that both leads to the voltmeter are at RF ground; there is no need for an RF choke in
the upper lead. If a choke were needed it would limit the frequency range of the sensor.
For a square wave modulated signal the peak power can be calculated from the
average power measured as
t
Y P
peak
av
P = where T is the time period and is the pulse
width.
Frequency Measurement
Microwave frequency can be measured by a number of different mechanical and
electronic techniques.
- Mechanical techniques
Slotted Line Method (Indirect Method)
The standing waves setup in a transmission line or a waveguide produce minima
every half wavelength apart.
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Set-up for the measurement of frequency
These minima are detected and the distance between them is measured. From which
the wavelength and frequency can be calculated by

min
2d
g
=

0

C
f =
2 2
0
c g
c g

+
=
where 0 free space wavelength
c - cut off wavelength
g guide wavelength
dmin can be measured by the slotted line probe carriage.
Resonant Cavity Method (Direct Method)
The most commonly used type of microwave frequency meter is wave meters. It
consists of a cylindrical or coaxial resonant cavity. The size of the cavity can be altered
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by adjustable plunger. The cavity is designed in such a way that for a given position of
the plunger, the cavity is resonant only at one frequency in the specified range.
WAVEMETER
The cavity is coupled to the waveguide through an iris in the narrow wall of the
waveguide. If the frequency of the wave passing through the waveguide is different from
the resonance frequency of the cavity, the transmission is not affected. If these two
frequencies coincide then the wave passing through the waveguide is attenuated due to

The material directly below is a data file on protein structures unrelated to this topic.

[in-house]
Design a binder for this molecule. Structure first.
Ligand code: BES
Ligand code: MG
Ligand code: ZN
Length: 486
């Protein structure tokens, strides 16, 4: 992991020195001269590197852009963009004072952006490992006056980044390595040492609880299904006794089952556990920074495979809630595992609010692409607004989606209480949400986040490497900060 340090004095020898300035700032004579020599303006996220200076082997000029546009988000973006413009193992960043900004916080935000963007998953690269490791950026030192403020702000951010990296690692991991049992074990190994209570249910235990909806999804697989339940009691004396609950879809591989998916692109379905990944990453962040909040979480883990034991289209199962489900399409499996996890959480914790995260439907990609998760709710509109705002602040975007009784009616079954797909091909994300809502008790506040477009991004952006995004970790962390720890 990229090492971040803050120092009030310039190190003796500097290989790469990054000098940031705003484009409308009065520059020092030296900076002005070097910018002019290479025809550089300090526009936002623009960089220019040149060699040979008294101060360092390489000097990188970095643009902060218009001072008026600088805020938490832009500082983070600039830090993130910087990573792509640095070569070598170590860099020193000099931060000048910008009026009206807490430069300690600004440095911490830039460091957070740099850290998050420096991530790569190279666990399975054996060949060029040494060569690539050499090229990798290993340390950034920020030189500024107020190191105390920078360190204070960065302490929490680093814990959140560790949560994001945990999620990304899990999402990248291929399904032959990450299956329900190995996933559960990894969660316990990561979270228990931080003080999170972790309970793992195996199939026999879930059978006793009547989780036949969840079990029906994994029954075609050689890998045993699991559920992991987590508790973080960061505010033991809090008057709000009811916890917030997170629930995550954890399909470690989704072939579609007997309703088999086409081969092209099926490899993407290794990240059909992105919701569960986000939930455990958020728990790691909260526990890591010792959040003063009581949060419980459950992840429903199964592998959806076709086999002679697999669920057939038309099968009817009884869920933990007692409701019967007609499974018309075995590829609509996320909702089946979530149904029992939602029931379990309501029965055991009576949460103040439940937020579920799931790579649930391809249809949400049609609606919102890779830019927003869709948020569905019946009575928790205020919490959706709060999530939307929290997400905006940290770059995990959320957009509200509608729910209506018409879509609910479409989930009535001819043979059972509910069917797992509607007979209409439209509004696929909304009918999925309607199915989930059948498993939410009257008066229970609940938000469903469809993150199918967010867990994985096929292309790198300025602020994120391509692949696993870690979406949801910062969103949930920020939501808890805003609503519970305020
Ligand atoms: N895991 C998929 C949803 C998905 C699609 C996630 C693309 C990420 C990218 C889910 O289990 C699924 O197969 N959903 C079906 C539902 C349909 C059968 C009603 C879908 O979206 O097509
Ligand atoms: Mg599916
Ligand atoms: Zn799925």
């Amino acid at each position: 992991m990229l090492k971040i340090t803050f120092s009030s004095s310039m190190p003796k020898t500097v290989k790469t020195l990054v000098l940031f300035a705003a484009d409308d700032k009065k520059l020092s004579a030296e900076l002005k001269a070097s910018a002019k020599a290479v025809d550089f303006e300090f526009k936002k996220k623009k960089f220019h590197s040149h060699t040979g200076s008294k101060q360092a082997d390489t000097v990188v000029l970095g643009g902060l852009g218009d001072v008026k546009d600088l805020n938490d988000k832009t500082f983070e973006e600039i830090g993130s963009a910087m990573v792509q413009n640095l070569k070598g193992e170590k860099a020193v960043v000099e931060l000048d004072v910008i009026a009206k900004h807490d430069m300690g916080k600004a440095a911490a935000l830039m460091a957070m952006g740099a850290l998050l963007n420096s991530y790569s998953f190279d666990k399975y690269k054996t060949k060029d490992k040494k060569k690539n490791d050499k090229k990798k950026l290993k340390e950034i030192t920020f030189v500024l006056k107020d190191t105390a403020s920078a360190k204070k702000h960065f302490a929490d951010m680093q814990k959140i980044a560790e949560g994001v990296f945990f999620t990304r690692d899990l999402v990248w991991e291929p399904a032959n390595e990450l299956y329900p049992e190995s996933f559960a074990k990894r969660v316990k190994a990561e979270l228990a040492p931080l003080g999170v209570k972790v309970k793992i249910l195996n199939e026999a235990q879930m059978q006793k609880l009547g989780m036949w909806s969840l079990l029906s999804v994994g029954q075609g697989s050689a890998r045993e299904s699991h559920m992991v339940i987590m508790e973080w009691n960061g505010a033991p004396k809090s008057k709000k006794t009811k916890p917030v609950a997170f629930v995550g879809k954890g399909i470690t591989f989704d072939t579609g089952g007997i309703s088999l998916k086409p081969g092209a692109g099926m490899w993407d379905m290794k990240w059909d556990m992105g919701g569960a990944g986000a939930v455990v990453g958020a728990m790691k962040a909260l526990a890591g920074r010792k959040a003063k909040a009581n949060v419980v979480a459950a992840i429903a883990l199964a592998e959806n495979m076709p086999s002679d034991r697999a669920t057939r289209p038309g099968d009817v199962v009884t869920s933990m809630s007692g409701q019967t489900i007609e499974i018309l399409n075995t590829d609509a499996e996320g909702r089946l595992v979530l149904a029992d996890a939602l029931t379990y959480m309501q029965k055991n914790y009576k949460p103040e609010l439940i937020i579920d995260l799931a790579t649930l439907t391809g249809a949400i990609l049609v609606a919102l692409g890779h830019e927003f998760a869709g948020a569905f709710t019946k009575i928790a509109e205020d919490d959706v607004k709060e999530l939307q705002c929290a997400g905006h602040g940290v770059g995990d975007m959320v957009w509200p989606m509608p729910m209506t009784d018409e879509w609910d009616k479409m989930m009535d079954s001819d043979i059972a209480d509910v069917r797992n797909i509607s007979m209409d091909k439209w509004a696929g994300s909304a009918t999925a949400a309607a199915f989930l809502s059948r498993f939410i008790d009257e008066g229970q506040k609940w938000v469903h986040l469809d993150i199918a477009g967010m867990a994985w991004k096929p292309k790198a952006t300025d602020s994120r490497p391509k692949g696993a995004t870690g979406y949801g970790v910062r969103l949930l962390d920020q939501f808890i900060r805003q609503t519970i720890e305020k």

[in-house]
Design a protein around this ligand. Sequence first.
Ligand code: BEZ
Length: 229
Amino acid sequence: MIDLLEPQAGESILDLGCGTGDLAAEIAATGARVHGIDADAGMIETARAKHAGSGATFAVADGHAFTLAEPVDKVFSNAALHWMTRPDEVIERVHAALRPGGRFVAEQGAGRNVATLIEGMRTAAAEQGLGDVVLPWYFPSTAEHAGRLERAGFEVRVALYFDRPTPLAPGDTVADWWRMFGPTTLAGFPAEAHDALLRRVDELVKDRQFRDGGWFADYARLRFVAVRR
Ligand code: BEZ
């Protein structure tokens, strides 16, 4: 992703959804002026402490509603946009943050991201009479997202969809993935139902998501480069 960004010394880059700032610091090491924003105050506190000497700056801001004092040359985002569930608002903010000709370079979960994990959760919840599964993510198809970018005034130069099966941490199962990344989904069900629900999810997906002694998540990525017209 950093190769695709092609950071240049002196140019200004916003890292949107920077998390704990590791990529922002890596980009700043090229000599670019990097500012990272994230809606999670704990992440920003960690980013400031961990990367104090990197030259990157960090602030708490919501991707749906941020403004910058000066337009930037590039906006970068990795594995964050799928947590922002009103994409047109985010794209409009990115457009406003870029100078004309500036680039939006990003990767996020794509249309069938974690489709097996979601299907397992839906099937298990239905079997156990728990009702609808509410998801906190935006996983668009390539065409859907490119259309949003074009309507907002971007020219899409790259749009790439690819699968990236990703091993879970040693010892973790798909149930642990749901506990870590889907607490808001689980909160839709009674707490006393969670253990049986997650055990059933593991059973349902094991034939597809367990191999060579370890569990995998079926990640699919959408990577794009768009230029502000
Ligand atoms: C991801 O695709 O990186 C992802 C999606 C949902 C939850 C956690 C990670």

power loss. It will be indicated as a dip in the meter.
- Electronic Technique
Counter Method
An accurate measurement of microwave frequency can be measured here. The
input signal is divided into two equal signals by a resistive power divider. These
two parts of the signal are fed to 2 mixers. The mixer 1 is used in the input PLL
(Phase Locked Loop) and the mixer 2 is used to determine the harmonic number.
The frequency f1 of the input PLL is also fed to the direct counter circuits. The
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input PLL consists of a voltage controlled oscillator (VCO), mixer, an IF amplifier,
a phase detector and a gain control block. The VCO searches over its range until
an IF signal equal to 20MHz is found. Phase lock occurs when the phase
detector output sets the VCO frequency f1 such that

1 1
IF nf f
x
=
where IF1 = 20 MHz at the phase lock and fx is the unknown frequency to be
measured.

















Gain
control
system
FTU
Vco
Power
divider
Mixer 1
Mixer 2
IF
Amplifie
r

IF
Amplifier
Phase
detector
Mixer
input
fx
IF
1
fx
f
2

f
1

f
1

f
1

IF
2
nf
0
IF
ref
20 MHz

to direct
count ckt

PLL
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The f1 is translated to a frequency f2 so that

0 1 2
f f f =
where f0 = 20 MHz offset frequency. This is done by a frequency translation unit
(FTU). The frequency f2 drives the second sampler and produces a second
output. IF2 is given as

x
f nf IF =
2 2


20
) 20 ( ) (
0
1 0 1
+ =
=
nf
MHz nf f f n

By mixing IF2 with IF1 and rejecting 20 MHz and higher frequencies, nf0 is
obtained. Counting the number of zero crossing for the period of f0, determines
the harmonic number n of the phase lock loop. The input frequency is then
calculated by presetting into IFref counter, measuring f1 and extending gate time
according to number n.